Here are the 16 'forgotten' servicemen whose names have now been added to Dunbar's war memorial
The names were added during a poignant dedication ceremony in the town.
The names of 16 “forgotten” servicemen from the Dunbar area have been added to the town’s war memorial following an audit of war records.
The names of the men, 11 from the First World War and five from the Second World War, were added yesterday morning during a dedication ceremony that was attended by hundreds of school children, residents, current and ex army personnel, as well as local representatives of Dunbar and Parish.
The ceremony was led by East Lothian Provost, John McMillan, and saw Michael Williams MBE, Lord Lieutenant of East Lothian, lay a wreath on behalf of The Queen.
Provost McMillan, said: “It was a very poignant event. Having primary and secondary school pupils present – their grandchildren and great grandchildren – was a fitting tribute. It was an occasion to remember these brave men as members of our community and to honour their sacrifice.”
Dunbar Grammar and Dunbar Primary School pupils were in attendance, among whom were the great granddaughters of two of the Second World War servicemen being honoured, with DGS Head Girl, Georgie Cross, starting off the readings. All the names that were read out were accompanied by brief citations.
A working group that includes representatives of Dunbar Community Council, the local branch of the Royal British Legion, and the Dunbar & District History, had led a regeneration project of the memorial that was completed in time for Remembrance Sunday last year.
It was at the time of regeneration that the group decided to explore the links of 65 possible missing names. Of the 65 examined, only 16 at this time were identified as having links with Dunbar and Parish. There has been ample room left to add any names deemed to fit the criteria in the future.
Herbert Coutts, who was a key player in the regeneration project, said: “When it became clear that some of those who had sacrificed their lives in both World Wars were not included on the Memorial, the Working Group were determined to rectify the omissions. This involved months of detailed research, which was greatly assisted by the digitisation of so many military, statutory and civic records.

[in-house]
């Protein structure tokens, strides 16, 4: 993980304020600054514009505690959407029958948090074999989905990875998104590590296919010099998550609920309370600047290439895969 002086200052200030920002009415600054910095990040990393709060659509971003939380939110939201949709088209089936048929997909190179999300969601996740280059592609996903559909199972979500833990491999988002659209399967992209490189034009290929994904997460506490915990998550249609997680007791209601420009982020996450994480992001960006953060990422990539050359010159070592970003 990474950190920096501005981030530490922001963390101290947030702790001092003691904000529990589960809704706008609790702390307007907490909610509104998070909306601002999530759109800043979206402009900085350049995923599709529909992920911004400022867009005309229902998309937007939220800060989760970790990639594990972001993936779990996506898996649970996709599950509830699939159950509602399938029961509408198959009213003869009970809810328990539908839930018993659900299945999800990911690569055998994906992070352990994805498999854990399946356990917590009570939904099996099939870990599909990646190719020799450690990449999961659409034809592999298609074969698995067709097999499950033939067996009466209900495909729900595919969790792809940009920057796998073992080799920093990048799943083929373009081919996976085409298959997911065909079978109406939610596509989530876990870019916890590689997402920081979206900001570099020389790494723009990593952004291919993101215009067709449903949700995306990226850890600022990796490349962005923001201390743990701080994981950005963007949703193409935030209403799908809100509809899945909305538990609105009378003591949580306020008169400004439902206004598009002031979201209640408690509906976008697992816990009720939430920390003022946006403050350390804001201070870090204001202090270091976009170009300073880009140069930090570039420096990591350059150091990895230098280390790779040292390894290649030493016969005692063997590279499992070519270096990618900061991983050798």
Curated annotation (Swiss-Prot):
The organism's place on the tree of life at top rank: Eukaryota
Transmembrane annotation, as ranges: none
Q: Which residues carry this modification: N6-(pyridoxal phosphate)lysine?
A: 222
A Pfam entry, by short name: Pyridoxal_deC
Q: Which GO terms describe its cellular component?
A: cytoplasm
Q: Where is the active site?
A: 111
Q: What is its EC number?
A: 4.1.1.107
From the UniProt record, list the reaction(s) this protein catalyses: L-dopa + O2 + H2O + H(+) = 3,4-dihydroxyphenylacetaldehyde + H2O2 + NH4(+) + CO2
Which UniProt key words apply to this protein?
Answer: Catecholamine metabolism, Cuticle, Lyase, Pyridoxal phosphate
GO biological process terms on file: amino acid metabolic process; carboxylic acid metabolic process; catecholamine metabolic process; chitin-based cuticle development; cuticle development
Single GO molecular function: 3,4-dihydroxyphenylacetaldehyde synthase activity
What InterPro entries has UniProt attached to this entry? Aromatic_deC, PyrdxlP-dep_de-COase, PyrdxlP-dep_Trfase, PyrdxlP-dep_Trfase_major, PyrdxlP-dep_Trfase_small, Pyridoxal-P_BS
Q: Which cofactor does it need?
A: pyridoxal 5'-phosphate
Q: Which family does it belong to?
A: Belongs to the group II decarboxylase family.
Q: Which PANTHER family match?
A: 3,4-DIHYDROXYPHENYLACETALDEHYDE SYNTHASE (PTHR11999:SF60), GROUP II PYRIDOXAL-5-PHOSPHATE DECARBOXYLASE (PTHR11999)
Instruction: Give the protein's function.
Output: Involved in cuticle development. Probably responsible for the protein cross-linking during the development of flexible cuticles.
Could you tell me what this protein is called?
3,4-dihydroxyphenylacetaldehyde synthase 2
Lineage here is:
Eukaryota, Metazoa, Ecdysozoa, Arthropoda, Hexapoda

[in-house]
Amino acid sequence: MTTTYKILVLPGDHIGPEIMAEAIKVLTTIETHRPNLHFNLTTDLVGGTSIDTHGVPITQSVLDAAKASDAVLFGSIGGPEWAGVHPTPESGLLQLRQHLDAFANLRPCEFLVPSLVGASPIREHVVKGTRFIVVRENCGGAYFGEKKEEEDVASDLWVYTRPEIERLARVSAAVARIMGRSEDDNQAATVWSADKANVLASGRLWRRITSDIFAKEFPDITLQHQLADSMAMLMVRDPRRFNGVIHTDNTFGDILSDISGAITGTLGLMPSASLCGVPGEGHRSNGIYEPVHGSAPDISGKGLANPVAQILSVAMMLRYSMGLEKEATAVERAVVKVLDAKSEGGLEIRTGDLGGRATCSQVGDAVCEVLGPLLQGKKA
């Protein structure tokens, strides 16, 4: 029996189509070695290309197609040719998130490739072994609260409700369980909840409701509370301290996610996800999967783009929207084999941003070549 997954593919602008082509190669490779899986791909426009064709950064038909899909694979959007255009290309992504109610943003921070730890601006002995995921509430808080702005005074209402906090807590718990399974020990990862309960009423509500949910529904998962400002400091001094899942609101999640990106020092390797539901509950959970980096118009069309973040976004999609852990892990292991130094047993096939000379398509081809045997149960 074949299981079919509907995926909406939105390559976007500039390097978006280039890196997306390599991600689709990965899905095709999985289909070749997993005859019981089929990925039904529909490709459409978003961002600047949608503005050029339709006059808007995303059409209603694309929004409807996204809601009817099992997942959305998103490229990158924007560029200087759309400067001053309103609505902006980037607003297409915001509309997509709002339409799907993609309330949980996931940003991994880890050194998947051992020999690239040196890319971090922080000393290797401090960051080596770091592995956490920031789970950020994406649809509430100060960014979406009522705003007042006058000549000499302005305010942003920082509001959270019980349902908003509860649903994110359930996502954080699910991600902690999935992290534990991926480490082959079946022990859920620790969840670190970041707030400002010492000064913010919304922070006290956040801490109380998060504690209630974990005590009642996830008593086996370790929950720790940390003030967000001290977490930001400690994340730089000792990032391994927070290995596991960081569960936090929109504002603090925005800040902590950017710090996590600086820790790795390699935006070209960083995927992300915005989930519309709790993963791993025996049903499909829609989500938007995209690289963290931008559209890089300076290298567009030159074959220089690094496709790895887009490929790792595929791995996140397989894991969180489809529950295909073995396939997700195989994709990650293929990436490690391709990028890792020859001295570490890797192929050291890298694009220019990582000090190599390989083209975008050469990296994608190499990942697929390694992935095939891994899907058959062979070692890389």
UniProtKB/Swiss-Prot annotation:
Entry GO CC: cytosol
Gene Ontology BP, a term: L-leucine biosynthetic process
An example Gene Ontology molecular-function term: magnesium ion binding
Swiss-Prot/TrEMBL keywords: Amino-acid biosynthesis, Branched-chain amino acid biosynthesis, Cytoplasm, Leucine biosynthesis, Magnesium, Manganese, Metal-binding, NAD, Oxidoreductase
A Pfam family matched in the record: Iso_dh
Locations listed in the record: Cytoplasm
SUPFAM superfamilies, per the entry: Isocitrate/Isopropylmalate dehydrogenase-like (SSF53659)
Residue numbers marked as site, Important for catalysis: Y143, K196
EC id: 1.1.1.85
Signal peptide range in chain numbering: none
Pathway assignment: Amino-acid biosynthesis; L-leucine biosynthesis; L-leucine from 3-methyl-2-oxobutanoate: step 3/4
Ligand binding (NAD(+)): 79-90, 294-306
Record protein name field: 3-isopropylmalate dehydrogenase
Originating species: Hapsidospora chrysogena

“Raising £26,000 to conserve and enhance the Memorial was not without difficulties. The War Memorials Trust and East Lothian Council were early supporters but a funding gap remained.
“This was largely bridged by donations from commercial organisations, including a major waste disposal company, a brewery chain and an energy company. These decisions were taken by senior managers, who were sympathetic to our objectives.”
The List of Names
James Burns: Seaforth Highlanders. Killed in action, 20 July 1918, France/Flanders.
Henry George Congdon: Royal Engineers. Died of wounds, 28 May 1918, France.
Thomas Fairbairn Frater: Royal Navy. Drowned, 25 September 1919, England.
Louis Frederick Kerridge: Queen's Own Cameron Highlanders. Killed in action, 27 January 1915, France/Flanders.
John Mellis Macdonald: Cameronians (Scottish Rifles). Killed in action, 20 July 1916, France.
Hugh McKie: Royal Scots Fusiliers. Died, 8 February 1919, France.
Frederick Cecil Reed: Argyll and Sutherland Highlanders. Died, 28 April 1915, Scotland. Christopher Robertson: Royal Garrison Artillery. Died of wounds, 21 May 1916, France. Percival Sudworth: Royal Scots Greys. Died, 16 January 1919, Northern Ireland.
David James Thomson: Royal Scots. Died of wounds, 12 July 1917, France.
Alfred Edward Turnbull: Royal Naval Volunteer Reserve. Ship torpedoed, 22 September 1914, North Sea.
John Minto Clarke: Royal Army Ordnance Corps. Killed in action, 10 April 1942, Malta.
William Edward Davies: Kings Own Scottish Borderers. Drowned, 24 June 1944, Scotland.
William David Gillespie: Federated Malay States Volunteer Force. Died, 9 October 1943,Thailand.
James Gray: Highland Light Infantry. Died of wounds, 28 June 1944, France.
John Henry: Evershed Wright: Royal Artillery. Died 13 April 1943, United Kingdom.